This is probably the saddest aspect of my review: Windows is incredibly limited in music choices. If you have a Spotify, Xbox Music, or Rdio account, then you will be sitting pretty. But if you have anything from Amazon Music or Google Music then you are out of luck. As of right now, there is a Google Music third-party client that is decent, but no access to Amazon accounts. Those who have saved up any music on the Amazon Cloud will have to start over. Those who default to the Xbox Music will notice that the player is overly simplistic. There is no easily accessible shuffle button, and the options are a bit on the skimpy side. On the flipside, The Windows OS works very well with the bluetooth radio in my car, and it always remembers what song I listened to last.


This was probably the most shocking discovery. When I was looking for the Bank of America app (you know, the most popular bank in America) Windows did not have one. This seems like a universe-sized oversight because it is always assumed that an app store will have a bank app. Upon further research, many of the banks removed their support from the Windows Phone. What’s worse, Windows has no way to rectify this other than using Internet Explorer on the phone. To put in perspective how odd this is, even the Blackberry has a Bank of America app.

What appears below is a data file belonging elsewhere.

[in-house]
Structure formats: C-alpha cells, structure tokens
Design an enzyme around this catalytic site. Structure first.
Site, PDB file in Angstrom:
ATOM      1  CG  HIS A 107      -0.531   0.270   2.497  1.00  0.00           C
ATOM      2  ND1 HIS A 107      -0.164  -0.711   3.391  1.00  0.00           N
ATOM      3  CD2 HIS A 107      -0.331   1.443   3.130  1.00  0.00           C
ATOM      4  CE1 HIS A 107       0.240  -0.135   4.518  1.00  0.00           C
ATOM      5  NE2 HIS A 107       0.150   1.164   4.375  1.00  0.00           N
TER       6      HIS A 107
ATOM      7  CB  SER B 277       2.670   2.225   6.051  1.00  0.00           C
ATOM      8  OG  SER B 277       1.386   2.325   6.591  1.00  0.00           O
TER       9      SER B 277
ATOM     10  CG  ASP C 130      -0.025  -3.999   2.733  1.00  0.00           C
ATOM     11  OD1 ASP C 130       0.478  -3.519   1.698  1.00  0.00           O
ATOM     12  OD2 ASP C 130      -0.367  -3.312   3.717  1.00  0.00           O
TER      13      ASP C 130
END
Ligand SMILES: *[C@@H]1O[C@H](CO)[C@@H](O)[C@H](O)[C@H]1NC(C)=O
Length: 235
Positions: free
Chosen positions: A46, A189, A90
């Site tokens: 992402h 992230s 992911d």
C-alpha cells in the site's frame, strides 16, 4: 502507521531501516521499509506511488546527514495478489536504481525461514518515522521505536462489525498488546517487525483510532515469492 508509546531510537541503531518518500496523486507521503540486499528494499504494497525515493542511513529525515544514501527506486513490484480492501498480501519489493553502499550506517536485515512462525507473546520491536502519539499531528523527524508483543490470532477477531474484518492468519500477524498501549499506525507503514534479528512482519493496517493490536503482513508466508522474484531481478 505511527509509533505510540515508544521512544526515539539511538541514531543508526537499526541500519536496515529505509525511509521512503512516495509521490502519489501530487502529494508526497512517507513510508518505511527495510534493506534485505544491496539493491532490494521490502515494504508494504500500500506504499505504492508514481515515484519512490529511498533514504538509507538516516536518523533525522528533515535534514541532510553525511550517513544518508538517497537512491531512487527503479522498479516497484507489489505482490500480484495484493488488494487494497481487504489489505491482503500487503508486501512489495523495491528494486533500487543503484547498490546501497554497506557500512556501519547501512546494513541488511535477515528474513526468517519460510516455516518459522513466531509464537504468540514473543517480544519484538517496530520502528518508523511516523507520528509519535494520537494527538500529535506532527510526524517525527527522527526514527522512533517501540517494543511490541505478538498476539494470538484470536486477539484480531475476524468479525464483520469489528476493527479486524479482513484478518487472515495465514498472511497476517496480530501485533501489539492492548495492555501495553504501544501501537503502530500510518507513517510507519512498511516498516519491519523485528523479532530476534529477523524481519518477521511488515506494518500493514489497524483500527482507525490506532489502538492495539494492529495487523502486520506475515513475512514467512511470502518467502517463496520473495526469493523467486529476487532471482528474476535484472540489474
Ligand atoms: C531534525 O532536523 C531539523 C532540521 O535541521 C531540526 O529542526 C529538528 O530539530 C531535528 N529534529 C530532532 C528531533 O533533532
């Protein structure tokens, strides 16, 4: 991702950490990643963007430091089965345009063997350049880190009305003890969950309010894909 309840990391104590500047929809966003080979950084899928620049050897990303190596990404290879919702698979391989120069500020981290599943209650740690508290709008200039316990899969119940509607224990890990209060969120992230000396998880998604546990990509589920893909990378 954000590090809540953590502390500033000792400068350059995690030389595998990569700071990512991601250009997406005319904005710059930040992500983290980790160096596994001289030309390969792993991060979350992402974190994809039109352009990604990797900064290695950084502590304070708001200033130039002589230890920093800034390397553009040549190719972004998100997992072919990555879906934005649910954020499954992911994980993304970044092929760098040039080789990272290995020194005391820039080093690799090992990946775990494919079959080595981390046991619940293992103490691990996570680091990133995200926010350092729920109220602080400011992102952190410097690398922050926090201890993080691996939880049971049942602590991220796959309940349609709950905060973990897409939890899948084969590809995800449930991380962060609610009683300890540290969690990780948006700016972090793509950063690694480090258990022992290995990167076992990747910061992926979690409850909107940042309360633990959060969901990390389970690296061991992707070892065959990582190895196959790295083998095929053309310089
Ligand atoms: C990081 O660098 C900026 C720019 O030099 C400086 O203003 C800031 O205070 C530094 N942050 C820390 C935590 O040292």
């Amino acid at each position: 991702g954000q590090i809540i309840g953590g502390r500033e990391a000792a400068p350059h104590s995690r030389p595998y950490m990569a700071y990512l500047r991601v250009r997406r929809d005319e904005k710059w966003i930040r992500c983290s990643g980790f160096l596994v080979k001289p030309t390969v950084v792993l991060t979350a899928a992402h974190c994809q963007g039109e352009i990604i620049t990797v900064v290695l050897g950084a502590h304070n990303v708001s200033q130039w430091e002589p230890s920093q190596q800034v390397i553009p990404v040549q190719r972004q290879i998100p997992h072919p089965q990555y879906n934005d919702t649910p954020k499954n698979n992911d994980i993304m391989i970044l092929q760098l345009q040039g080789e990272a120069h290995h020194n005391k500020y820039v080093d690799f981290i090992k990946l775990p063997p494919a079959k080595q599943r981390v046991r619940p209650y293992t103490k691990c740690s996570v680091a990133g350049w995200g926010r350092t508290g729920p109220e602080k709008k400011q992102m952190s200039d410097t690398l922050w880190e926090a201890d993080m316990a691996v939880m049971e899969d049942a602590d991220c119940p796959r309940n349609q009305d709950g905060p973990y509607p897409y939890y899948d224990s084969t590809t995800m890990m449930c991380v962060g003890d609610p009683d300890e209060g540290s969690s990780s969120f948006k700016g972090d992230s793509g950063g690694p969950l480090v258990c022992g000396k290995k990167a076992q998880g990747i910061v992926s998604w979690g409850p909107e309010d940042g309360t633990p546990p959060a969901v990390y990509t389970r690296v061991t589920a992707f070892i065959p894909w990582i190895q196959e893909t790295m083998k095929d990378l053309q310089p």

The GPS that comes with the phone is called Here+. It is highly functional, but I found it very hard to navigate. It has an alarm that goes off every time you go over the speed limit, and I am still trying to find the setting to turn it off. On an Android, there is a default toggle that brings you into the settings of each app. Windows, however, does not have that toggle, and looking for the settings of each app can turn into a hard game of “Where’s Waldo.”